Do You Know The Difference Between Healthy Anger And Narcissistic Rage

Most people believe that anger is inherently toxic or harmful. And that is not true. Anger is our natural reaction to something that is not right. Our bodies instinctively respond to someone trespassing on our physical, emotional, or mental boundaries. It is situational, occurring when needed to fend off a threat and then subside.

Healthy anger can motivate us to fight injustice or protect our children like a mama bear. It can push us to leave unhealthy relationships.

It is not a performance or an excuse for revenge. It is not blind rage or resentment or spite. On the contrary, healthy anger is there to warn us what isn’t suitable for us.

However, if we were raised by emotionally unavailable parents like an alcoholic or gambler or had intimate relationships with those who used narcissistic rage to control us, we quickly learned to suppress our healthy anger to secure our attachments to survive. As a result, their explosive outbursts continue to terrify children and partners alike and do not resemble healthy anger at all.

Narcissistic rages include:

  • Screaming and yelling to control others’ behavior
  • Sudden fits of anger for no reason
  • Inability to control rage
  • Inflicting intentional harm on others, verbal, emotional, physical, or sexual 
  • Rage when not given the attention they feel they deserve
  • Sarcasm to inflict pain
  • Verbally cutting people off as a means to protect their self-esteem

And unfortunately, our society rewards partners and children who sacrifice their needs to keep their families peaceful.

For example, divorce is frowned upon in many communities, even when abuse is rampant, and people are punished for speaking out or expressing anger. As a result, many women toe the line, becoming self-sacrificing martyrs, victimized by the very religious beliefs that claim to support them. Their forgiveness gives their abusers a carte blanche to continue hurting them.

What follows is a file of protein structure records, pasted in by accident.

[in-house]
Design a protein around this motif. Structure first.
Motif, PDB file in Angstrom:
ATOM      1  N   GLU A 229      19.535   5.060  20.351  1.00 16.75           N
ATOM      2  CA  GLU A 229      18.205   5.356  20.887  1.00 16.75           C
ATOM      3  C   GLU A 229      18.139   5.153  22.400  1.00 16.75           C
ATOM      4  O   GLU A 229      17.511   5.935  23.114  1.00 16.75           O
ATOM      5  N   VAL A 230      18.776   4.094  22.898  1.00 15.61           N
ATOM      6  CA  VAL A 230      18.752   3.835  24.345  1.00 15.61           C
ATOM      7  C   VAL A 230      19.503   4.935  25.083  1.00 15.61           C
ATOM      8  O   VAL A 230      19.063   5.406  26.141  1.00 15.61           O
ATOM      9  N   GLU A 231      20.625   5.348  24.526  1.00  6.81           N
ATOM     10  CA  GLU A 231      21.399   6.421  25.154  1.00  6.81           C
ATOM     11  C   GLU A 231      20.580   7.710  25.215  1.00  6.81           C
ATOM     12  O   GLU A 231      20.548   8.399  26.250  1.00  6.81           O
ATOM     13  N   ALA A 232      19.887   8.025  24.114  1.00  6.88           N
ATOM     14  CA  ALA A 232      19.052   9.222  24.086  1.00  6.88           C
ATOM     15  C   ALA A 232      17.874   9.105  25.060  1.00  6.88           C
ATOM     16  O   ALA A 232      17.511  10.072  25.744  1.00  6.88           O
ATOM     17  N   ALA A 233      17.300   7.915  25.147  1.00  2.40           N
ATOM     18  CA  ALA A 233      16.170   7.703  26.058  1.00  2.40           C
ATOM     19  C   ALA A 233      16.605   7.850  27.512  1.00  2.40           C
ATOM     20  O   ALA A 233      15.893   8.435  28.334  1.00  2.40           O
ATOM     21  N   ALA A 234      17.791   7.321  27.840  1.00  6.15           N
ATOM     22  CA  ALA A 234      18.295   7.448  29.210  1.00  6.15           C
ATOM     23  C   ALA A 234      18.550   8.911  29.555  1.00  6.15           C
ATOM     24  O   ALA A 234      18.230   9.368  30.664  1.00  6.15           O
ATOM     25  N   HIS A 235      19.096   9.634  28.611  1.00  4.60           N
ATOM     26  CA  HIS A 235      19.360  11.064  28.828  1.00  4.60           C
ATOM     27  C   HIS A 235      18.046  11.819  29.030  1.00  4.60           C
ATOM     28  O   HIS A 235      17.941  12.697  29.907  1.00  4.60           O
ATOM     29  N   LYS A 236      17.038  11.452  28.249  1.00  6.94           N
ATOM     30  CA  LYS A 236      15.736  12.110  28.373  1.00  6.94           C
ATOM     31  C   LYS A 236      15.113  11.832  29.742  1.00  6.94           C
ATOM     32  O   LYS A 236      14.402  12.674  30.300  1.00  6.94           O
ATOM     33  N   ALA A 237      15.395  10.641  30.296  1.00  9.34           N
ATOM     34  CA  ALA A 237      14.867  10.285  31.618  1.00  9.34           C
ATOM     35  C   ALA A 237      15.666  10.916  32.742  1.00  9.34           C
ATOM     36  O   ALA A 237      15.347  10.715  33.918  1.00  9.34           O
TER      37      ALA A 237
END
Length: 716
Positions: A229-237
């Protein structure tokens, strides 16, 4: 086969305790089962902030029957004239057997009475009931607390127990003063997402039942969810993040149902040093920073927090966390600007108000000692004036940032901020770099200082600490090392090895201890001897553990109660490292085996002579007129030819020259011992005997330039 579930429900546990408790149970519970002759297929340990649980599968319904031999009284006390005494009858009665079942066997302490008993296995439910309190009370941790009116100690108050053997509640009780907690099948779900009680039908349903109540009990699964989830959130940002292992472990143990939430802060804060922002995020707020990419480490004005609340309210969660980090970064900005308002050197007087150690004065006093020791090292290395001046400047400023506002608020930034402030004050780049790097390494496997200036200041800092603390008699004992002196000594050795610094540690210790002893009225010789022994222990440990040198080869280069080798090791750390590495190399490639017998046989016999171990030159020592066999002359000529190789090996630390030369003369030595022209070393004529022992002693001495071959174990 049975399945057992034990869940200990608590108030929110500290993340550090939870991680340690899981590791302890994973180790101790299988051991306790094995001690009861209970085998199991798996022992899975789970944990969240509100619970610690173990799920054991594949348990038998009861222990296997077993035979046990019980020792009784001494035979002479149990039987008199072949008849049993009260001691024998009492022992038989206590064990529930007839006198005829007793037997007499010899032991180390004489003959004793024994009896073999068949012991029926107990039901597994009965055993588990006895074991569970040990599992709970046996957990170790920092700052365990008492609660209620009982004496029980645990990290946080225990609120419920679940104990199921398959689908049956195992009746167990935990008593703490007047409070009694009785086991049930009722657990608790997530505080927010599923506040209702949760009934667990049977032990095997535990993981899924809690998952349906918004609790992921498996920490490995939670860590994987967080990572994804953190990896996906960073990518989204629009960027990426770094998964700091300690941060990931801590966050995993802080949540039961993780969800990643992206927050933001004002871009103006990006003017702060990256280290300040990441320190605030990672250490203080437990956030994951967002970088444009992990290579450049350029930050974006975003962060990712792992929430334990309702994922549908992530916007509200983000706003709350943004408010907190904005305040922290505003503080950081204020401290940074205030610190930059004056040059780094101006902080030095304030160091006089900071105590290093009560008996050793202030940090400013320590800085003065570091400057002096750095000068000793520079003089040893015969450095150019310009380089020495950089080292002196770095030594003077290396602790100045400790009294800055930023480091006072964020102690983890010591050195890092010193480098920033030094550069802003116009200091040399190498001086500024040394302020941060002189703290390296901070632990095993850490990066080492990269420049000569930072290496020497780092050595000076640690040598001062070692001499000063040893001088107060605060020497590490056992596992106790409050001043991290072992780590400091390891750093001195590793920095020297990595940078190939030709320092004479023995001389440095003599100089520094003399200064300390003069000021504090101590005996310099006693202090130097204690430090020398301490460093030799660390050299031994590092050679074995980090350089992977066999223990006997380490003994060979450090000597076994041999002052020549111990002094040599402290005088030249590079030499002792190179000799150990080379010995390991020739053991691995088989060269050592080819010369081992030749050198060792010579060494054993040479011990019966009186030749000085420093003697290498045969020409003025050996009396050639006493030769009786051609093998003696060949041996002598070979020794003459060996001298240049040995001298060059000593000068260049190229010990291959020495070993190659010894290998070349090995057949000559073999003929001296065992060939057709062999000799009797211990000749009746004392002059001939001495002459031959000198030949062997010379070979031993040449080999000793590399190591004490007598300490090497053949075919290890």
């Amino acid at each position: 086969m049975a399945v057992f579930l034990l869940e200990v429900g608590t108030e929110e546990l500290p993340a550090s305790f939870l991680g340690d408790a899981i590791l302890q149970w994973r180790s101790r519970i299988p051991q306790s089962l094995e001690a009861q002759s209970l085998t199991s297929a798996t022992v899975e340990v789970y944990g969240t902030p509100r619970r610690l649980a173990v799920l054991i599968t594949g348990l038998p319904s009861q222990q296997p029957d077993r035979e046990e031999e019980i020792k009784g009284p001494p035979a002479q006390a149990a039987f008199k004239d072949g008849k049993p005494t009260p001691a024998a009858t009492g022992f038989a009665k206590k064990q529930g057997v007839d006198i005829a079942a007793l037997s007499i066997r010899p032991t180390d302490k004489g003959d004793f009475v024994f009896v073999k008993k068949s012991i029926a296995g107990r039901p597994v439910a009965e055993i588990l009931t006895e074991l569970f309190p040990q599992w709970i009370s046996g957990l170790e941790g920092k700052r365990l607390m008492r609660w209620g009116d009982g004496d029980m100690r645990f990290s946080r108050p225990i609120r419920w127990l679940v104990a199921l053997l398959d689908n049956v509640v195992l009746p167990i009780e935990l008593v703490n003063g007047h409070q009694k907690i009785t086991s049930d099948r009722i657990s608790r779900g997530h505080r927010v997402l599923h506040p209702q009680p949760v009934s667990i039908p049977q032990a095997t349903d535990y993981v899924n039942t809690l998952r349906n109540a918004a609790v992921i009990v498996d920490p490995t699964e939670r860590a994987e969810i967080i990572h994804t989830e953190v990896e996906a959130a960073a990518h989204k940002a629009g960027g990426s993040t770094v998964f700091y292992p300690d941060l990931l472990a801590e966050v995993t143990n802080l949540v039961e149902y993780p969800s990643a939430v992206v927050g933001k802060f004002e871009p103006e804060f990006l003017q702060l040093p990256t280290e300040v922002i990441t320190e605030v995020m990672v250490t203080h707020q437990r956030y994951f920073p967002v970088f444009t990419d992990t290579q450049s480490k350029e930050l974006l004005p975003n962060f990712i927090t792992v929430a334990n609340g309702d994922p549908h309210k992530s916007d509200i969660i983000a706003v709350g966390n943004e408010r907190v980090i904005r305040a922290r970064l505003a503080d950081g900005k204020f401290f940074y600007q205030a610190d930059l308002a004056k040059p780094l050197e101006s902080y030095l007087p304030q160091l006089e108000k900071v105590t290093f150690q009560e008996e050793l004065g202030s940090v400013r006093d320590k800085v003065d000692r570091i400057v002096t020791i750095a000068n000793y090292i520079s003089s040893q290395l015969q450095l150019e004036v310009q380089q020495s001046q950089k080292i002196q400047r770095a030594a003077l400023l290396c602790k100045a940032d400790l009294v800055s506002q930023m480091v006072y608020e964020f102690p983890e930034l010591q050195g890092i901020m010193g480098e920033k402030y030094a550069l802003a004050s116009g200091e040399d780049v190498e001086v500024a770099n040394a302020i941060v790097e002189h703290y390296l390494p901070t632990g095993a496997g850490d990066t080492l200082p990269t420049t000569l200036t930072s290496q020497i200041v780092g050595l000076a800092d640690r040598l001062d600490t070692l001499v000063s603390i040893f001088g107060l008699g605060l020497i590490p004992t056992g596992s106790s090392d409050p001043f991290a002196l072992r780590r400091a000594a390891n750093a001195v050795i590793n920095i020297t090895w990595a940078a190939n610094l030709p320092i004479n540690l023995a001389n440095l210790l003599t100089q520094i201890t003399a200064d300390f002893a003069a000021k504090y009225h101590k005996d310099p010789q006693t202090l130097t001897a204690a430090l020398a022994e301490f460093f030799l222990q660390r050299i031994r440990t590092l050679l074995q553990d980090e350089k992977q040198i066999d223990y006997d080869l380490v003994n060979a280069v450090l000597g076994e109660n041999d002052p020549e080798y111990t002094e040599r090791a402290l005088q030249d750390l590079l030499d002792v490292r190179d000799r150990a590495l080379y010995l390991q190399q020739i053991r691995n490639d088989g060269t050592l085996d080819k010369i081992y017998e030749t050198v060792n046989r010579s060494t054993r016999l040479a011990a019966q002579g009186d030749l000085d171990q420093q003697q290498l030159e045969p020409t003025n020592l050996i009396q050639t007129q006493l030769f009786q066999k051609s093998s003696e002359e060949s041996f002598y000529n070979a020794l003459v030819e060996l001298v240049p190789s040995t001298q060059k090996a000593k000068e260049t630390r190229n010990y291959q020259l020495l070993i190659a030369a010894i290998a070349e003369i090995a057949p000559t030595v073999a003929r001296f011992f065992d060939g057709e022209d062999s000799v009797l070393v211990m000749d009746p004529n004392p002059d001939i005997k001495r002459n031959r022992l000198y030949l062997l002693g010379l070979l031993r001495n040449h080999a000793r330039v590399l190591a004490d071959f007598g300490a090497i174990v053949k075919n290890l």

So what happens to people who repress their healthy anger?

  • It hurts their ability to name and stop abuse or maintain self-protection.
  • Programs them to deny their emotions and become the ultimate people pleasers.
  • Forces them to justify one’s existence by doing and giving to others.
  • It compels them to have an automatic concern for the emotional needs of others (including their abusers) while ignoring their own needs.
  • It takes them away from their authenticity.
  • And worse, it sets up the inflammatory genes in their bodies when people feel threatened or insecure over an extended period.

In my life, I have witnessed numerous spouses and children pacify their husbands, fathers, wives, and mothers to keep the peace, only to suffer severe illnesses later. Several studies show how our inability to say no and to protect ourselves from chronic emotional stress lead to autoimmune diseases such as rheumatoid arthritis, multiple sclerosis, ALS, fibromyalgia, and others.

Anger is not just healthy; it helps us identify what triggers us when people cross our boundaries.

Instead of tolerating situations that constantly stress us, saying, “it’s not so bad,” or “I don’t want to cause trouble,” practice giving your anger space. Even just saying, “I don’t like this,” or “I don’t want this,” is a promising step in asserting yourself and learning what you need.

And realize that if someone doesn’t respect your “no,” they do not respect you. And never will.

Worse, if the abuse is from a spouse, it teaches our children to disrespect us. Finally, if it is from our parents, our siblings will continue scapegoating and ignoring our needs.

After witnessing our parents’ or partners’ rages, saying no becomes a hurdle because we are afraid of the consequences these people will inflict. We then are manipulated into never expressing our feelings or wants.

Begin taking baby steps to give your own healthy anger space.

  • If you agree to do something, watch to see if you have a physical or emotional reaction — anxiety, fatigue, or resentment.
  • Notice if you continue rationalizing someone’s poor behavior and how you feel afterward.
  • Watch if you go out of your way to people please to avoid conflict.
  • Keep a journal of your emotions.

But remember, guarding our emotional boundaries and accepting our anger is imperative for physical health.

More articles from Alexis

The Lasting Damage of Narcissistic Fathers on Daughters

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Alexis Azria

Alexis Azria, a dedicated mom and passionate humanitarian, writing about the parenting issues and ethical dilemmas we face daily.

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